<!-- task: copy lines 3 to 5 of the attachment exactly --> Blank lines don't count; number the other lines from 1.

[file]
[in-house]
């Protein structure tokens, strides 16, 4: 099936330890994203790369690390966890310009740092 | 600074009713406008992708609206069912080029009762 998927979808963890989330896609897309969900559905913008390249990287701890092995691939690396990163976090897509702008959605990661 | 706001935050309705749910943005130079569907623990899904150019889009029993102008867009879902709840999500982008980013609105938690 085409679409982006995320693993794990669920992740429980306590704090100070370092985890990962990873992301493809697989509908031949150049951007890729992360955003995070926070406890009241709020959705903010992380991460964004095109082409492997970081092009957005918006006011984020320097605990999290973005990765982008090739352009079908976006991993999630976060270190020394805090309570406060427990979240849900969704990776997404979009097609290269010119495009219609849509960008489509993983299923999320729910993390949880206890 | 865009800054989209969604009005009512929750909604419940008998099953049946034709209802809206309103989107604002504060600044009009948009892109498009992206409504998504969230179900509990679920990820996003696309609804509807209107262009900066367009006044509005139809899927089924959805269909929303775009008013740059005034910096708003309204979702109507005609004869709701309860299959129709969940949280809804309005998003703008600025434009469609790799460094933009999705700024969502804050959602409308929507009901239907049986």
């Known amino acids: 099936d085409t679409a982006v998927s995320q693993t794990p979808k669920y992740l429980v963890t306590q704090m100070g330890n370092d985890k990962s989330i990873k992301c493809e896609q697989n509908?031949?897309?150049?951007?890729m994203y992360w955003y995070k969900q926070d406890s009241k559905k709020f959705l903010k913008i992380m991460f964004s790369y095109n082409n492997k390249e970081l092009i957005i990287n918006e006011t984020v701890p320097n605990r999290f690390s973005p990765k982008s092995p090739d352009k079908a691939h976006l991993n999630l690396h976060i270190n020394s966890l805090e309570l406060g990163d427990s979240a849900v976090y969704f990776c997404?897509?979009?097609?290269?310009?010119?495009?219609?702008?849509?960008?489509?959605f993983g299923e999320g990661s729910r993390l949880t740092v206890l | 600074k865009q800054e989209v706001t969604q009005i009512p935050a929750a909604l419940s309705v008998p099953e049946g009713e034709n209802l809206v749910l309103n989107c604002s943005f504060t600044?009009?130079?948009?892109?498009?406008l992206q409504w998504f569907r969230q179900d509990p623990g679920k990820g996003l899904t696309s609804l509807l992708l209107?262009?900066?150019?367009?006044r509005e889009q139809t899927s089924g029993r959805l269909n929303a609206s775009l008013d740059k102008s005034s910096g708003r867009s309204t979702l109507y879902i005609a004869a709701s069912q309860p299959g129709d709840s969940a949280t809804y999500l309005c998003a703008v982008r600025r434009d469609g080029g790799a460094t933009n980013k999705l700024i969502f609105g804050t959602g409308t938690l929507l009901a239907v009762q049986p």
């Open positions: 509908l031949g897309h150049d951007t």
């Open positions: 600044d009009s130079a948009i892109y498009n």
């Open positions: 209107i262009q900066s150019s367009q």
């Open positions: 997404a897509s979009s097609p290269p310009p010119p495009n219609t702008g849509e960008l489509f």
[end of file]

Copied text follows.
């Known amino acids: 099936d085409t679409a982006v998927s995320q693993t794990p979808k669920y992740l429980v963890t306590q704090m100070g330890n370092d985890k990962s989330i990873k992301c493809e896609q697989n509908?031949?897309?150049?951007?890729m994203y992360w955003y995070k969900q926070d406890s009241k559905k709020f959705l903010k913008i992380m991460f964004s790369y095109n082409n492997k390249e970081l092009i957005i990287n918006e006011t984020v701890p320097n605990r999290f690390s973005p990765k982008s092995p090739d352009k079908a691939h976006l991993n999630l690396h976060i270190n020394s966890l805090e309570l406060g990163d427990s979240a849900v976090y969704f990776c997404?897509?979009?097609?290269?310009?010119?495009?219609?702008?849509?960008?489509?959605f993983g299923e999320g990661s729910r993390l949880t740092v206890l | 600074k865009q800054e989209v706001t969604q009005i009512p935050a929750a909604l419940s309705v008998p099953e049946g009713e034709n209802l809206v749910l309103n989107c604002s943005f504060t600044?009009?130079?948009?892109?498009?406008l992206q409504w998504f569907r969230q179900d509990p623990g679920k990820g996003l899904t696309s609804l509807l992708l209107?262009?900066?150019?367009?006044r509005e889009q139809t899927s089924g029993r959805l269909n929303a609206s775009l008013d740059k102008s005034s910096g708003r867009s309204t979702l109507y879902i005609a004869a709701s069912q309860p299959g129709d709840s969940a949280t809804y999500l309005c998003a703008v982008r600025r434009d469609g080029g790799a460094t933009n980013k999705l700024i969502f609105g804050t959602g409308t938690l929507l009901a239907v009762q049986p």
């Open positions: 509908l031949g897309h150049d951007t």
């Open positions: 600044d009009s130079a948009i892109y498009n």